Jarad ruminates on garden maintenance, weeds and other day to day garden things.
When I say the word gardening, people tend to think of planting flowers or trees, pruning shrubs or something of that sort. And while that is a large part of it, an equally larger part of gardening is maintenance. Watering, weeding, pest management and other general care of flowerbeds is a lot of work, and something I didn’t necessarily realize when I began my projects (mulch, or any other weed suppressant, is my new best friend). And really, you are never fully in control of the garden. There’s no way to be, unless you have a hired staff, and then, you’re not really a gardener, are you? But, unlike flowers, one cannot cultivate control. There’s always a stray weed, a dramatic plant drooping in the heat (hydrangeas are the worst of the drama queens), or some other problem that you must troubleshoot on a daily basis.
I was outside weeding my herb bed the other day, and underneath the straw mulch I had laid down a sneaky clump of grass had been growing right under my nose. I had to use both hands to pull it out, and somehow managed to fall backwards and crack my phone. Thank you for laughing, neighbors. No, I’m not coming to your barbecue. That is to say, I seem to spend a lot of time pulling weeds. A garden is a cultivated thing and must be maintained.
They do not occur naturally, and although a natural look is fashionable now, that too requires a great deal of effort. For example, I cleared out an area that I intended to plant up with wildflowers, something that could take over and look nice but that didn’t require that much work. I planted some seeds, and promptly forgot about it the next day. It is now full of weeds, and a single, lonely cosmo that I feel very sorry for. So, I will have to clear it out once more, and try again next spring.
Speaking of weeds, I used to love the morning glory before I began gardening in earnest. I have since grown to despise it. It scrambles up every stalk, bush, or limb that it can find. It’s impossible to get rid of, and while it has somewhat pretty blooms, it makes up for that by attempting to choke my other plants. (However, in true contrarian fashion, I still planted some by the mailbox. A glutton for punishment, as they say.)
At this point, weeds are seemingly all I think about. The salvia sent up a new stalk this morning, did it? Well, yes, but there’s also a weed growing right in the middle of the plant that will prove difficult to remove. The corn is taller than me (hurray!) but there’s a clump of morning glories at the base. Can’t I just plant something and not have to worry about it? At least it gives me something to do, I suppose. Books are my first love, but really you can only read for so long, so it’s a nice balance, never mind my back’s protestations.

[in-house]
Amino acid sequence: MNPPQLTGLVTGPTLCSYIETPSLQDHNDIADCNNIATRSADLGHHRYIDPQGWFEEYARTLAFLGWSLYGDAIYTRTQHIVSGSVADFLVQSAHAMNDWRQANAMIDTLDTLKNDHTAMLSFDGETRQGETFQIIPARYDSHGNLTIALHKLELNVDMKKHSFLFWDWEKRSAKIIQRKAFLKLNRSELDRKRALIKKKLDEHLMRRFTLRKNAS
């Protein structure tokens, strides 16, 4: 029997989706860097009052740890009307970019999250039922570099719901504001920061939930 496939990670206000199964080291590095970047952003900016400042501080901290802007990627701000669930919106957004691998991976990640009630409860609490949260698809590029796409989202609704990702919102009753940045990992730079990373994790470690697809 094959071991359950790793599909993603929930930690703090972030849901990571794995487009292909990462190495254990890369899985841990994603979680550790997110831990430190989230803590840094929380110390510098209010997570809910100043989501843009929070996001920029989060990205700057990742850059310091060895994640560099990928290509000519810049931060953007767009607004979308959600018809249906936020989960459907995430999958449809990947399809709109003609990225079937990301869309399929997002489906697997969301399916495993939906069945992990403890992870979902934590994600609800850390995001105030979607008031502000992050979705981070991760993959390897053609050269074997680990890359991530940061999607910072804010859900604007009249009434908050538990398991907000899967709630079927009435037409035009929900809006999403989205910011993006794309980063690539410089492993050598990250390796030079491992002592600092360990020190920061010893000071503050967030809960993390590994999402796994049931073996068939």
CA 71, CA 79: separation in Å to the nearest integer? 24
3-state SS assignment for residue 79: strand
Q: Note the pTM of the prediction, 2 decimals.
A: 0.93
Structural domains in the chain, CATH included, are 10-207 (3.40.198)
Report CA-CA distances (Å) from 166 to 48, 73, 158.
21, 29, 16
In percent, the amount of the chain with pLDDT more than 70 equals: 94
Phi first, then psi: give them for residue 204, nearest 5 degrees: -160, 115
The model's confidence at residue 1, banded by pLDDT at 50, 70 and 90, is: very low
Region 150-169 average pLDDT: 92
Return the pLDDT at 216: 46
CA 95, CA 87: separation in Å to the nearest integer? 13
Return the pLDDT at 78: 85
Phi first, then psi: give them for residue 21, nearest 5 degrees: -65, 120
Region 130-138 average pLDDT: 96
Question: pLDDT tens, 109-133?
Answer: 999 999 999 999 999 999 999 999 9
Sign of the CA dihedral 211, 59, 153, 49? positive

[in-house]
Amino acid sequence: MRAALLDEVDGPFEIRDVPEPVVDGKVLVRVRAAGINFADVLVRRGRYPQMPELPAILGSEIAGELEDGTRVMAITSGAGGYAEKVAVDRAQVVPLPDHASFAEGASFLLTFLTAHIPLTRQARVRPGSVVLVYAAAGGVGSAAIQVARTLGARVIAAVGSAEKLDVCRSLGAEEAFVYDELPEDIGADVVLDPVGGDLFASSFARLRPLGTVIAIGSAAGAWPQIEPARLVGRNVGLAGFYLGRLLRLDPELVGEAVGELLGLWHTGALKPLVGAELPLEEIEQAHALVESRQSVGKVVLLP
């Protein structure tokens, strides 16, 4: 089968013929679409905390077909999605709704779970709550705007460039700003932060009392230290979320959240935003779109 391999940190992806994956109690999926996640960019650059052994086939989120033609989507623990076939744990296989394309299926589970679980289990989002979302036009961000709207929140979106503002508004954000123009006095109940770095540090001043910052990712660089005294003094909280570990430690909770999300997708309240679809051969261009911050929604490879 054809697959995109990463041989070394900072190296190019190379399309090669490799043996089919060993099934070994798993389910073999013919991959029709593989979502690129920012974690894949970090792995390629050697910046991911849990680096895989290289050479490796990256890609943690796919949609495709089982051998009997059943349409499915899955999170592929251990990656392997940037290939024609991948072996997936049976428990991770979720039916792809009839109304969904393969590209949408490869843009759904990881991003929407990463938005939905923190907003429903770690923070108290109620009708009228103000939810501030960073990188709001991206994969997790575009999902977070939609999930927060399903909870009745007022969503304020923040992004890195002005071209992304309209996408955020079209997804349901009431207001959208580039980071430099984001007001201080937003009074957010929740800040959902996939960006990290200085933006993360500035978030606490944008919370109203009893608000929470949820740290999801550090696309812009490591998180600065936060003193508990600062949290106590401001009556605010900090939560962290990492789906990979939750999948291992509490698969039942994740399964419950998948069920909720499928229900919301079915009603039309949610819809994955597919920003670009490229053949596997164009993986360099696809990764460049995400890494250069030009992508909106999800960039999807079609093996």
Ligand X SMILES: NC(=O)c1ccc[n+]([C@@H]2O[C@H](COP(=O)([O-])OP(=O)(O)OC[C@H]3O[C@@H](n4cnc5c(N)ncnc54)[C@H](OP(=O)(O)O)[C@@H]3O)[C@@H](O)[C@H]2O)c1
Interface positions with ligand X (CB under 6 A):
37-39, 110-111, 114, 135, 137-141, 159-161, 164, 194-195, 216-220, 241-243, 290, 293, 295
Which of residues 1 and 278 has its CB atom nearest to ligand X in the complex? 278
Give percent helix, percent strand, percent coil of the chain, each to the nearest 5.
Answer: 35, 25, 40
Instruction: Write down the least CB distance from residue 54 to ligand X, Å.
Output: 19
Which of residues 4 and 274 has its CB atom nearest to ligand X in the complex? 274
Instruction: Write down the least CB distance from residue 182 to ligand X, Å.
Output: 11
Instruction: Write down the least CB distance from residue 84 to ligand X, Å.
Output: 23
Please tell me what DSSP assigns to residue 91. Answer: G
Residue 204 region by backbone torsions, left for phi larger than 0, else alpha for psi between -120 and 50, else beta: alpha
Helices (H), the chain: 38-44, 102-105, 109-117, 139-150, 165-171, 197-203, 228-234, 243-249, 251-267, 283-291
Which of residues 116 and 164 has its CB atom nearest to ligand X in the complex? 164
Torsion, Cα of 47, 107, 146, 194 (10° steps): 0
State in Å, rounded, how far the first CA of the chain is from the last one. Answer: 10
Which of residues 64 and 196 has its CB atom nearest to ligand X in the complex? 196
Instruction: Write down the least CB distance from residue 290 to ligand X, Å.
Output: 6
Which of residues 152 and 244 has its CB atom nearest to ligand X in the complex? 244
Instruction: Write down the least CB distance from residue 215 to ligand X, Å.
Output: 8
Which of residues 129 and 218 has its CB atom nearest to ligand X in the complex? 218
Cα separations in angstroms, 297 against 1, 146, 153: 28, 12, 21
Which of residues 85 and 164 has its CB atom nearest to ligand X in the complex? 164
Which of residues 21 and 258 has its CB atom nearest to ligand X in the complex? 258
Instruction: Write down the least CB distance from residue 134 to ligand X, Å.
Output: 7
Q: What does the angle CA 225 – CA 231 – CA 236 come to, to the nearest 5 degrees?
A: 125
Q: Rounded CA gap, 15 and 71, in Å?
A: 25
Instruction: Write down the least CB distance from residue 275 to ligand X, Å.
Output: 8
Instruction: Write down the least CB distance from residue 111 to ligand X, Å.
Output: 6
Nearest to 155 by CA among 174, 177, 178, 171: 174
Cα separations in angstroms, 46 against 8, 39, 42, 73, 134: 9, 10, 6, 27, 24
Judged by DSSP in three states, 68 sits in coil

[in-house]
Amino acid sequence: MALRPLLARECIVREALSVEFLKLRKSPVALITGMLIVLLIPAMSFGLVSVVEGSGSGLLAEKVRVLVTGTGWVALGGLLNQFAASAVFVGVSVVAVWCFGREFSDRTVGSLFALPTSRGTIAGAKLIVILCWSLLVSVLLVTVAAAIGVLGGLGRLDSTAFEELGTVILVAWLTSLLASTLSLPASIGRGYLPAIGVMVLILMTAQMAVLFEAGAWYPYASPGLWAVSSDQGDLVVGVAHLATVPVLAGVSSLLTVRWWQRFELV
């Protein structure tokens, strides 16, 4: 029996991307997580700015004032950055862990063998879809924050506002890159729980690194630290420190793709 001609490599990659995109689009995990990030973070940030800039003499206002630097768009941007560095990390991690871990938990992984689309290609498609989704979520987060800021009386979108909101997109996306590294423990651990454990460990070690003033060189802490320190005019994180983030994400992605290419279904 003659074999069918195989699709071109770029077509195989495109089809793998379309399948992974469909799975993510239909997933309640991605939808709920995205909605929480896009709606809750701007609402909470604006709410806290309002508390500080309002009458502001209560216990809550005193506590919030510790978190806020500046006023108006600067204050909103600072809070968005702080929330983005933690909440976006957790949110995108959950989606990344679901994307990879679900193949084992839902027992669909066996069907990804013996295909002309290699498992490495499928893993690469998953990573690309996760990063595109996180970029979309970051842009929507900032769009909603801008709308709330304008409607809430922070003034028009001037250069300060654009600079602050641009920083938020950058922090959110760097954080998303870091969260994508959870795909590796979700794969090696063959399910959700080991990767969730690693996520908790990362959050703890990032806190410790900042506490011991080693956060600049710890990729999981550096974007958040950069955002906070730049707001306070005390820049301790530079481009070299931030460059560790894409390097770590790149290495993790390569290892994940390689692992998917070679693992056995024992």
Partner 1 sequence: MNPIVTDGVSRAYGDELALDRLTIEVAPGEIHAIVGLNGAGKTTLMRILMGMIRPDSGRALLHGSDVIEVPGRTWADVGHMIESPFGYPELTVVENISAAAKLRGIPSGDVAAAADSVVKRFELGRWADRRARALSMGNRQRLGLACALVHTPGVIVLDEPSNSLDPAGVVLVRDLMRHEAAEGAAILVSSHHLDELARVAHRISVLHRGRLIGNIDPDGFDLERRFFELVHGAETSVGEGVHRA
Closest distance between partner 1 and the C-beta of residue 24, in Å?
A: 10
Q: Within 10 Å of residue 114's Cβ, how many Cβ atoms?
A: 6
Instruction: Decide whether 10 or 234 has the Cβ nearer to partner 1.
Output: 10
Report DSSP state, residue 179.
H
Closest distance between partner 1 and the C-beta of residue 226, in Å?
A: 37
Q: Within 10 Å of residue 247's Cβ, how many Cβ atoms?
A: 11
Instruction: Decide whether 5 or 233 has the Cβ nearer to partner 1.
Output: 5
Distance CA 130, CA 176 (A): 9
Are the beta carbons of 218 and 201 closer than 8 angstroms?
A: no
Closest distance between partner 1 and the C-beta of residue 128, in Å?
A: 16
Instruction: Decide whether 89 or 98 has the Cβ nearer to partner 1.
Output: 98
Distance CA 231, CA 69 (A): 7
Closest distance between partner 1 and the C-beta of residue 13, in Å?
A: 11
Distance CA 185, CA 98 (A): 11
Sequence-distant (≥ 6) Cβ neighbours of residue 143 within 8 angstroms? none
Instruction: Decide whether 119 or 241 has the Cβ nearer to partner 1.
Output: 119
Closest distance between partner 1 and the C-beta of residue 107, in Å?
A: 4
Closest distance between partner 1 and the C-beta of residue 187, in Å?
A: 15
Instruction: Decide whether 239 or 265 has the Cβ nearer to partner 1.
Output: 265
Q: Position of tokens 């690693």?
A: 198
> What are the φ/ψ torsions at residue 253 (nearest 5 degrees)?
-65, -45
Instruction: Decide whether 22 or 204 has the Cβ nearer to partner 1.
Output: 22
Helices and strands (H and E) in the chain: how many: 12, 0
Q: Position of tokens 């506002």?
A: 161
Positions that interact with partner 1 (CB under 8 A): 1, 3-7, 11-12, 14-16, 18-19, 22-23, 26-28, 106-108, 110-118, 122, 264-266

I often lament the fact that my neighbors’ yards are barren, grassy wastelands devoid of flowers or vegetables or even a small pot on the front porch. Good lord plant a sunflower or something people. And, once I voice my despair over these endlessly boring green lawns, I am often told that it’s too much work and effort to maintain. I sympathize, especially since in my mind every square inch must be covered in some sort of plant, but people could plant things in pots, or have a flowerbed right outside the house. Perhaps they don’t like plants, which is another matter entirely (although, I am immediately distrustful of people with no sense of humor, people who don’t like animals or those who don’t like flowers). Either way, I think it’s important for people to partake in at least a little bit of gardening, and if the maintenance proves to much too bear, I don’t know, get a cactus or something.
Jarad is the co-administrator and writer for Sacred Chickens, attends college at MTSU, loves tea and coffee, and tries to spend every spare second reading. He recently developed an interest (some might say obsession) with gardening. Jarad is an English major with a concentration in literature. Bless his heart! Let's all light a candle for him and send him happy thoughts!
Leave a Reply.